Pattern formation is a beautiful subject that has strong links to both applied mathematics and the natural sciences. The purpose of this project is to use a multimedia web environment to visualize the quantitative principles underlying reaction-diffusion models of pattern formation.
Inherent in the study of dynamical systems is the idea of change or evolution through time. That is why concepts like fixed points and stability are some of the first things that are taught in introductory dynamical systems courses. Most classes use phase planes to try and highlight the fact that we are studying systems that change over time. However, this same idea can be transmitted more naturally through movies and animations, which allow the viewer to see the systems evolve over time. As a result, the combination of short movies, animations with audio accompaniments, images and written notes will help convey ideas in pattern formation more intuitively, and can be used to supplement an introductory dynamical systems course.
This website was created in such a way that it could be read from beginning to end like any set of course notes, or a chapter in a textbook. Students with a general interest in pattern formation, and some mathematical background should be able to go to the website and gain a better understanding of the mathematical, physical, and historical ideas behind models of pattern formation.
In addition, the interactive nature of the materials can be used as teaching aids in a dynamical systems course in order to supplement the lectures. The integration of the website to a classroom environment can be accomplished in several ways, for example:
This website will hopefully aid instructors to connect the mathematical concepts to the physical phenomena of pattern formation, and get students interested with the highly interactive materials presented.
I was born and raised in Mexico City. I got my bachelors from Princeton University where I designed my own major in Applied Math and Neuroscience. Now, I’m at the University of Oxford studying how brain circuits get built during development using computer simulations.
“And these little things may not seem like much but after a while they take you off on a direction where you may be a long way off from what other people have been thinking about.” -Roger Penrose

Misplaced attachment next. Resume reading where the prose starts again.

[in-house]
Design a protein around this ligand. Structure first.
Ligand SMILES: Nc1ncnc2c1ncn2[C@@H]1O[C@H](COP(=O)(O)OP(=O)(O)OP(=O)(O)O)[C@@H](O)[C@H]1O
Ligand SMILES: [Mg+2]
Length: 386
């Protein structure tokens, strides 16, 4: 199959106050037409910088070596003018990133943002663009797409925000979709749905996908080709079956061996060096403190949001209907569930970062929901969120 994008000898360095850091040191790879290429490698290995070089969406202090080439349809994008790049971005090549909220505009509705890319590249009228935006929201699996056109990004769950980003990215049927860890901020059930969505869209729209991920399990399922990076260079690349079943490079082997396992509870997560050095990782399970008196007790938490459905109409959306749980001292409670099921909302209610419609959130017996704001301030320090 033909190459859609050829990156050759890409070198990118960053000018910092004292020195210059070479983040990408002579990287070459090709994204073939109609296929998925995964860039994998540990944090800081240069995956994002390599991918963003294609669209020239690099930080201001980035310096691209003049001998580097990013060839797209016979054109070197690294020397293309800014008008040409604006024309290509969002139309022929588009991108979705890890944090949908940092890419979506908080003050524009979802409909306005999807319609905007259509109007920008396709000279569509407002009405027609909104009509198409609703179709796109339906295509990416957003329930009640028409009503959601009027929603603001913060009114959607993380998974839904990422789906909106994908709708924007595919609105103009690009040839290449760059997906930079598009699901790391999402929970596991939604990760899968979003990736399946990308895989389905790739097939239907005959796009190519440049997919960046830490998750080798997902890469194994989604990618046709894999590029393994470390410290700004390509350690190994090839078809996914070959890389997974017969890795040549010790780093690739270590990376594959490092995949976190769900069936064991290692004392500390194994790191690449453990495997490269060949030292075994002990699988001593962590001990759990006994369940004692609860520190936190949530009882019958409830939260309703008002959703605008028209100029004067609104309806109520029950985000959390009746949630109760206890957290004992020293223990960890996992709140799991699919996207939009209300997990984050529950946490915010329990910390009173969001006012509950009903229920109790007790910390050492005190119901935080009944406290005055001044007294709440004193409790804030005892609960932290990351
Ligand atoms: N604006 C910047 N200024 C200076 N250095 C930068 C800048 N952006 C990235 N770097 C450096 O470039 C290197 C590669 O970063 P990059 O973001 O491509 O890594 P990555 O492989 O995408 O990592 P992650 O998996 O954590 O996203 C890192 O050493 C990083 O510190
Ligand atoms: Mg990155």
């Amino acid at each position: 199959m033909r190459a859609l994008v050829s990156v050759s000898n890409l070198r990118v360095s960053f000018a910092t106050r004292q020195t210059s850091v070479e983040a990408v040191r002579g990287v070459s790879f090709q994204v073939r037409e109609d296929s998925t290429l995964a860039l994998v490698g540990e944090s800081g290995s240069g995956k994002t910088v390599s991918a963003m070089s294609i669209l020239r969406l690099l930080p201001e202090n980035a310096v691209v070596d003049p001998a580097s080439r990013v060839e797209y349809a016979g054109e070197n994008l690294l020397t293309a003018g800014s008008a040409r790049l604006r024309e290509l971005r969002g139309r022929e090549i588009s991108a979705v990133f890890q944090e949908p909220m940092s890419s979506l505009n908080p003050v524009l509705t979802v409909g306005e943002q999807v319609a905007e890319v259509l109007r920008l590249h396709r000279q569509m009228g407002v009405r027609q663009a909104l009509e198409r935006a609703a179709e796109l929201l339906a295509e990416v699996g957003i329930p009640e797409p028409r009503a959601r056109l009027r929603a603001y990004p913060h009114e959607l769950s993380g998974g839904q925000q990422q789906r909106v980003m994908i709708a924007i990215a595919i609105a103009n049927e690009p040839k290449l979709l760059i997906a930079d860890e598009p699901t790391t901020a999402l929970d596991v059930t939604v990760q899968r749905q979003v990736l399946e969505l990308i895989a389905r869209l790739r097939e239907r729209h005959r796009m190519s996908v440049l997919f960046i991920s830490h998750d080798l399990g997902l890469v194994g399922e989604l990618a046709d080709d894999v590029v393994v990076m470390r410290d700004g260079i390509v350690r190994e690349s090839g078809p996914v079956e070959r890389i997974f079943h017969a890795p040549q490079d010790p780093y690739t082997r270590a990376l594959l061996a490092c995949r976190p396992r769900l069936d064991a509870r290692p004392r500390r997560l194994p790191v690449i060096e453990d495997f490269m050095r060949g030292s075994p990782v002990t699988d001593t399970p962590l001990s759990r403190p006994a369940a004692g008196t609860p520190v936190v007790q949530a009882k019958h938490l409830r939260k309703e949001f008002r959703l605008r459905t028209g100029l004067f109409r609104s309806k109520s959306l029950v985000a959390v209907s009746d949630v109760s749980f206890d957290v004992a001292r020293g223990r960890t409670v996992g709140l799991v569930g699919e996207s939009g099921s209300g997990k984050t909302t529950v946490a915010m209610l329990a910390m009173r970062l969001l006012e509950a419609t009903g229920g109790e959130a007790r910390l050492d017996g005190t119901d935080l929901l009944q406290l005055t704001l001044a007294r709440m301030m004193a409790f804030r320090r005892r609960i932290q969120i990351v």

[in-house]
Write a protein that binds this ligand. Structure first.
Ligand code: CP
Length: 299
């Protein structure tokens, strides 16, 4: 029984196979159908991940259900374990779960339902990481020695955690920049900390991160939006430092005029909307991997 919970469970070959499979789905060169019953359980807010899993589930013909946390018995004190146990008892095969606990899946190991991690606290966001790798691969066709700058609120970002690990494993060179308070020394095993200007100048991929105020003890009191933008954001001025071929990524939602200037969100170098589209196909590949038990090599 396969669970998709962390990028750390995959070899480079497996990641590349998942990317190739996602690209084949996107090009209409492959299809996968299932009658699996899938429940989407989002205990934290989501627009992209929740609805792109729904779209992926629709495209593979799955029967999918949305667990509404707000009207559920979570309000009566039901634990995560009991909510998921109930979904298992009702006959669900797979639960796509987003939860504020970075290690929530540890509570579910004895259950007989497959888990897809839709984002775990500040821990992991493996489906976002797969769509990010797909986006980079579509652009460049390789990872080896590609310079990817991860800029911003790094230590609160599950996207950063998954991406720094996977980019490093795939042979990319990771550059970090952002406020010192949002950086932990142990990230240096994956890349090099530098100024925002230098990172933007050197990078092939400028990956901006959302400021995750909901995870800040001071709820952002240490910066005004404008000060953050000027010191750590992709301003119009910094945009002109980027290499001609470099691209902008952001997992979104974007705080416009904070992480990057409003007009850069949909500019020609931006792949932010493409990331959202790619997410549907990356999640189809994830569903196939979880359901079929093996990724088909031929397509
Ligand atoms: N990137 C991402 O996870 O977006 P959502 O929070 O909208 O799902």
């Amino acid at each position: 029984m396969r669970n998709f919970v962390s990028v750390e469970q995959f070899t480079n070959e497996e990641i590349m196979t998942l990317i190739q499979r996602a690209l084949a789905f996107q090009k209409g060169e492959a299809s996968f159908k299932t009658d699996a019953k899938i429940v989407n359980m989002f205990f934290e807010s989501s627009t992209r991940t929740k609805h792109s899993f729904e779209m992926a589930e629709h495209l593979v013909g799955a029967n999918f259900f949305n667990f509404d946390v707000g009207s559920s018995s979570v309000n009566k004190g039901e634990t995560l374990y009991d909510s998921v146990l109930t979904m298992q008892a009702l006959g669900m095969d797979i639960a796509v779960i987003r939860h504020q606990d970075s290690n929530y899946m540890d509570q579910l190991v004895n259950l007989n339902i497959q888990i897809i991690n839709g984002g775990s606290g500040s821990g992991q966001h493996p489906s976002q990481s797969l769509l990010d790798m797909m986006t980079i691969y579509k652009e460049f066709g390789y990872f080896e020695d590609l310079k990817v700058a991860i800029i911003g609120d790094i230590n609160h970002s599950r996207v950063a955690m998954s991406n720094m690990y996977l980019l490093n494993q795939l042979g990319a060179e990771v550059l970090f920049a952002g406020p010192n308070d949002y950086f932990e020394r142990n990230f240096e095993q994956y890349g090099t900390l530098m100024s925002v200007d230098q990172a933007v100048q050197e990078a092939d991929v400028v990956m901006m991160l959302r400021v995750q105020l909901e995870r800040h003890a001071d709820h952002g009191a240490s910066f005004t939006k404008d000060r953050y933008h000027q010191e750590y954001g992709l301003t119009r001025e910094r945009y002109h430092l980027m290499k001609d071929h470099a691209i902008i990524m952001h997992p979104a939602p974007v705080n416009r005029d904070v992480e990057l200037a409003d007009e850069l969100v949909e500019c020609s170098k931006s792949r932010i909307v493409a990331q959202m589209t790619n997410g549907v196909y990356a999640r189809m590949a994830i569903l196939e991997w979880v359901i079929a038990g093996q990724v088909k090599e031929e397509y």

This project would have been impossible without the guidance and support of Dr. Philippe Trinh who agreed to advise me on this project after I took his Differential Equations course at Princeton. Not only did he help me improve my mathematical writing and increase my awareness of color swatches and typography, but he also let me use a section of his teaching website, “The Shape of Mathematics”, for my project. His continued encouragement and support motivated me to get past the roadblocks, and find my way in spite of the (many) changes in direction that this project underwent.
I am grateful to Professor Howard Stone. In addition to being my contact at Princeton when Dr. Trinh was at Oxford, his passion for teaching is an inspiration, and his advice was key in shaping the direction of this project. I would like to thank my academic advisor Professor Philip Holmes for suggesting this project.
The materials on this website were shaped and inspired by my experience in courses at Princeton that highlighted both the mathematics and the applications of dynamical systems including MAT 323, MAT 350, MOL 215, and MOL 410.
The project started in the summer of 2012 at Princeton University and continued during my exchange visit to Oxford University in January-June of 2013. I would like to thank St Edmund Hall, Oxford, for their hospitality during this time.